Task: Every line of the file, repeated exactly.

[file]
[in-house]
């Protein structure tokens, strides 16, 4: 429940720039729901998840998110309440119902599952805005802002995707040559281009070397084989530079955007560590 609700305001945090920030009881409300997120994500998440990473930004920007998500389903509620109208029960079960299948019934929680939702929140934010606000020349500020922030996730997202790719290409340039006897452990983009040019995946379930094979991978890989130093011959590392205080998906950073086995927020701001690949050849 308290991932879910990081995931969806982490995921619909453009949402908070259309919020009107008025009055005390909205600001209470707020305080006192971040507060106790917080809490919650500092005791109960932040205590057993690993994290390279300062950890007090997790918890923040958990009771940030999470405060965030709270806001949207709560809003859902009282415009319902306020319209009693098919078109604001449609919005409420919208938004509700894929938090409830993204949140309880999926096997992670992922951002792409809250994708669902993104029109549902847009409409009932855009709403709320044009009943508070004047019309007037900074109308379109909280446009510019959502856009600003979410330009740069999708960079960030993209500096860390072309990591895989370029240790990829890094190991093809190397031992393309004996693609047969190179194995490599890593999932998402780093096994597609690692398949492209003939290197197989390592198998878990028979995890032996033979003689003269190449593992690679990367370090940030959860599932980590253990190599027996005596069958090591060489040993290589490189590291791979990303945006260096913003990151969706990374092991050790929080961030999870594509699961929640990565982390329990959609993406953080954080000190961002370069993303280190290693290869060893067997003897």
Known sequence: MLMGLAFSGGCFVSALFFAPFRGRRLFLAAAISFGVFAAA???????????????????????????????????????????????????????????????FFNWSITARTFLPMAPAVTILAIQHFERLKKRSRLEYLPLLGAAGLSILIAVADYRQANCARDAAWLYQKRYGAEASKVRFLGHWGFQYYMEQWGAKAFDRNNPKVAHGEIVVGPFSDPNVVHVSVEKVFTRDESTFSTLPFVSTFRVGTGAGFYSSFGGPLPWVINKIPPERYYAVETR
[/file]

[in-house]
């Protein structure tokens, strides 16, 4: 429940720039729901998840998110309440119902599952805005802002995707040559281009070397084989530079955007560590 609700305001945090920030009881409300997120994500998440990473930004920007998500389903509620109208029960079960299948019934929680939702929140934010606000020349500020922030996730997202790719290409340039006897452990983009040019995946379930094979991978890989130093011959590392205080998906950073086995927020701001690949050849 308290991932879910990081995931969806982490995921619909453009949402908070259309919020009107008025009055005390909205600001209470707020305080006192971040507060106790917080809490919650500092005791109960932040205590057993690993994290390279300062950890007090997790918890923040958990009771940030999470405060965030709270806001949207709560809003859902009282415009319902306020319209009693098919078109604001449609919005409420919208938004509700894929938090409830993204949140309880999926096997992670992922951002792409809250994708669902993104029109549902847009409409009932855009709403709320044009009943508070004047019309007037900074109308379109909280446009510019959502856009600003979410330009740069999708960079960030993209500096860390072309990591895989370029240790990829890094190991093809190397031992393309004996693609047969190179194995490599890593999932998402780093096994597609690692398949492209003939290197197989390592198998878990028979995890032996033979003689003269190449593992690679990367370090940030959860599932980590253990190599027996005596069958090591060489040993290589490189590291791979990303945006260096913003990151969706990374092991050790929080961030999870594509699961929640990565982390329990959609993406953080954080000190961002370069993303280190290693290869060893067997003897």
Known sequence: MLMGLAFSGGCFVSALFFAPFRGRRLFLAAAISFGVFAAA???????????????????????????????????????????????????????????????FFNWSITARTFLPMAPAVTILAIQHFERLKKRSRLEYLPLLGAAGLSILIAVADYRQANCARDAAWLYQKRYGAEASKVRFLGHWGFQYYMEQWGAKAFDRNNPKVAHGEIVVGPFSDPNVVHVSVEKVFTRDESTFSTLPFVSTFRVGTGAGFYSSFGGPLPWVINKIPPERYYAVETR